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Showing 2 posts in Duty to Defend.

As part of EPA’s investigation of a Superfund site, EPA typically issues a 104(e) information request to any person or entity that EPA believes to have information regarding release of hazardous substances at the site, including those that may be considered to be PRPs charged with the ultimate cleanup of the site.  Responding to a 104(e) request often requires the recipient to provide detailed responses regarding historical and current industrial operations, and can often set the stage for settlement negotiations with EPA and other PRPs regarding funding the investigation and remediation of the Superfund site. In an unpublished non-precedential opinion filed yesterday, the United States Court of Appeals for the Ninth Circuit ruled that receipt of a 104(e) information request for a Superfund site triggers an insurer’s duty to defend a policyholder for attorneys’ fees and related costs associated with responding to the request.   Read More »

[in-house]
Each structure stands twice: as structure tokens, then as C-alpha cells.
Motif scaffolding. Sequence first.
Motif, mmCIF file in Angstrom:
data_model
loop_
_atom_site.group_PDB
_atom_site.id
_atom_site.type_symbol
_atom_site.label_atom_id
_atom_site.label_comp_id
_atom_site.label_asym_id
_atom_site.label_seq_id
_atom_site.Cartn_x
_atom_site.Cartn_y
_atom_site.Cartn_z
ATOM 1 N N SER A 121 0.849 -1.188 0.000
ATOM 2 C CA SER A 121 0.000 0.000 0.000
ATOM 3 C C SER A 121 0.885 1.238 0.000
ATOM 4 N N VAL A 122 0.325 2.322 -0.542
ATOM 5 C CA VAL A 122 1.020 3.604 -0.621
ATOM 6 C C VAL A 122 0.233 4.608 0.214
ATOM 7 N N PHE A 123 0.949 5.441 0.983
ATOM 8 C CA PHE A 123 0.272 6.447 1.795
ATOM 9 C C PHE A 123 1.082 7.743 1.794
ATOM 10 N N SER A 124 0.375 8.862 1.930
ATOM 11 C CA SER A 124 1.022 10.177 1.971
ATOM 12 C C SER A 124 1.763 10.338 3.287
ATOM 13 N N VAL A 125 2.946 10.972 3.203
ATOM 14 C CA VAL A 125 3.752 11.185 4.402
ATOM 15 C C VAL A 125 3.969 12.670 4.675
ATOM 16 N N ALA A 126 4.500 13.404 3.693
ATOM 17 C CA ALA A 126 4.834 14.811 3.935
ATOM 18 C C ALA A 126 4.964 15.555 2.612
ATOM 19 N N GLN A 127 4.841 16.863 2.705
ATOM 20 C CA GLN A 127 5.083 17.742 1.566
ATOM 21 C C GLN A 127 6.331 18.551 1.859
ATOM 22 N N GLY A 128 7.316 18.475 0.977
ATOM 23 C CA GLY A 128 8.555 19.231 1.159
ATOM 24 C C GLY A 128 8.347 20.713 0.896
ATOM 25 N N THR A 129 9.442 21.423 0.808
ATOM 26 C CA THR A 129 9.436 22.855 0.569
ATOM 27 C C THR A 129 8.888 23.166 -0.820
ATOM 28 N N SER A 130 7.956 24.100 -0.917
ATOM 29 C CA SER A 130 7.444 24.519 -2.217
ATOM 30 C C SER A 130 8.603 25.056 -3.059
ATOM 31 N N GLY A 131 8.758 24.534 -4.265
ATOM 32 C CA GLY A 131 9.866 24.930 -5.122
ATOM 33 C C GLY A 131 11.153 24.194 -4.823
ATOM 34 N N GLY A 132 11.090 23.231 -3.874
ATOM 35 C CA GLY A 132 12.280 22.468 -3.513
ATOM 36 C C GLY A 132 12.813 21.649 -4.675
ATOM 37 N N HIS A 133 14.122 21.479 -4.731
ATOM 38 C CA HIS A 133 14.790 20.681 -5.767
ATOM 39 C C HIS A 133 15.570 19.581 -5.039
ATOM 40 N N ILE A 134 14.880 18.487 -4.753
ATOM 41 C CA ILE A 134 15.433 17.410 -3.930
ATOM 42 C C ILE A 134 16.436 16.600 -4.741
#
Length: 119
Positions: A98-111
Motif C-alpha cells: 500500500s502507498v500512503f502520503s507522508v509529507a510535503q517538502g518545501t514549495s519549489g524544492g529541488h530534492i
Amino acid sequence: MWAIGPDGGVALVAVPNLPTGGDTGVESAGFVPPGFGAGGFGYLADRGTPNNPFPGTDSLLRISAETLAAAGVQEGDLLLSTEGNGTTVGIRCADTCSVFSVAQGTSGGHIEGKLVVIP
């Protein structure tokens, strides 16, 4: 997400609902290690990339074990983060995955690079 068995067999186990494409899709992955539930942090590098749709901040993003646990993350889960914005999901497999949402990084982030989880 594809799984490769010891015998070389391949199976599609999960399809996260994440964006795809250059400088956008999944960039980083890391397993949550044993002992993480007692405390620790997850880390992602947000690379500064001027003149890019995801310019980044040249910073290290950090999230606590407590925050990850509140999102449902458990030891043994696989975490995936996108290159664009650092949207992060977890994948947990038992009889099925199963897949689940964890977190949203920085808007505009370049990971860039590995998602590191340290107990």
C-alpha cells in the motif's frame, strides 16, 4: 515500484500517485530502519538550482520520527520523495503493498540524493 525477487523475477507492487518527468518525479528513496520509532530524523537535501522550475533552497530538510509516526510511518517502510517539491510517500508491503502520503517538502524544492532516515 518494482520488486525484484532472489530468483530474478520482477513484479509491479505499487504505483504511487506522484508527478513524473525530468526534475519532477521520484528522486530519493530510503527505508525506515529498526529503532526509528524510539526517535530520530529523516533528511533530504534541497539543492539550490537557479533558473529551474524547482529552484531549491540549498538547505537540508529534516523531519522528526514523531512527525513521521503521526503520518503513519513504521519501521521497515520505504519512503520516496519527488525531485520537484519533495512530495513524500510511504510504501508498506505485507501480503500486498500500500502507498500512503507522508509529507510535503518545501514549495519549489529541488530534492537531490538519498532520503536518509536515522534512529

The U.S. District Court for the Western District of Pennsylvania issued a short but important decision this week concerning the applicable statute of limitations under Pennsylvania law for an insurance carrier’s allegedly improper refusal to accept the defense of its insured.  Wiseman Oil Co., Inc. v. TIG Insurance Co., Civ. Action No. 011-1011 (W.D. Pa.), is an environmental insurance case brought against an insurer for breach of contract and bad faith for failure to defend a CERCLA action.  After answering the complaint, the defendant insurer filed a motion for judgment on the pleadings, arguing that the action – filed in 2011 after the insured entered into a Consent Decree to resolve the underlying litigation – was time-barred because the insured’s claims accrued in 2004, when the insurer initially refused to provide the insured with a defense. Read More »